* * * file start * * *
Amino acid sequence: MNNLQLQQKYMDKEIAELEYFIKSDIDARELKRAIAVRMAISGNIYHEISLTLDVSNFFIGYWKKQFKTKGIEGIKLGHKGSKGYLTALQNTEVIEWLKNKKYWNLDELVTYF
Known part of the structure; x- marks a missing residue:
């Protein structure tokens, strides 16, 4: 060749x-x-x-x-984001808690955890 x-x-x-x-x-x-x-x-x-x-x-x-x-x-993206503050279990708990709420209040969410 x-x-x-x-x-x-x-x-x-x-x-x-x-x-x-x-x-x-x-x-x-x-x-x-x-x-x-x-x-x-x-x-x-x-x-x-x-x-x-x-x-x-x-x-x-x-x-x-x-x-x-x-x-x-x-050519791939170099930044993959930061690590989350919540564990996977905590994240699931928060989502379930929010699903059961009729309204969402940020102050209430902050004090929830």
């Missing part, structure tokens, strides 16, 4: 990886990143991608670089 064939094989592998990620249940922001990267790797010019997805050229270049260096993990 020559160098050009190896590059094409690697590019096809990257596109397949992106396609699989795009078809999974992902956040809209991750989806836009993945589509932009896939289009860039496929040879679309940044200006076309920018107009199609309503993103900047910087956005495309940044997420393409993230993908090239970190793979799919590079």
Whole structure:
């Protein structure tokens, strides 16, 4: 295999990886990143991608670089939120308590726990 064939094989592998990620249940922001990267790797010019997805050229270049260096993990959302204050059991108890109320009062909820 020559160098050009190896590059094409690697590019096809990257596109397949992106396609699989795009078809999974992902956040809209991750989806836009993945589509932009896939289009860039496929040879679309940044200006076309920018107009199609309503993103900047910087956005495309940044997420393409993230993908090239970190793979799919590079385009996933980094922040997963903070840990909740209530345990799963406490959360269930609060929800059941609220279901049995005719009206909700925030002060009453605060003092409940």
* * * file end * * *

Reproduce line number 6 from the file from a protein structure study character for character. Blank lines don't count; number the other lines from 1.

């Protein structure tokens, strides 16, 4: 295999990886990143991608670089939120308590726990 064939094989592998990620249940922001990267790797010019997805050229270049260096993990959302204050059991108890109320009062909820 020559160098050009190896590059094409690697590019096809990257596109397949992106396609699989795009078809999974992902956040809209991750989806836009993945589509932009896939289009860039496929040879679309940044200006076309920018107009199609309503993103900047910087956005495309940044997420393409993230993908090239970190793979799919590079385009996933980094922040997963903070840990909740209530345990799963406490959360269930609060929800059941609220279901049995005719009206909700925030002060009453605060003092409940």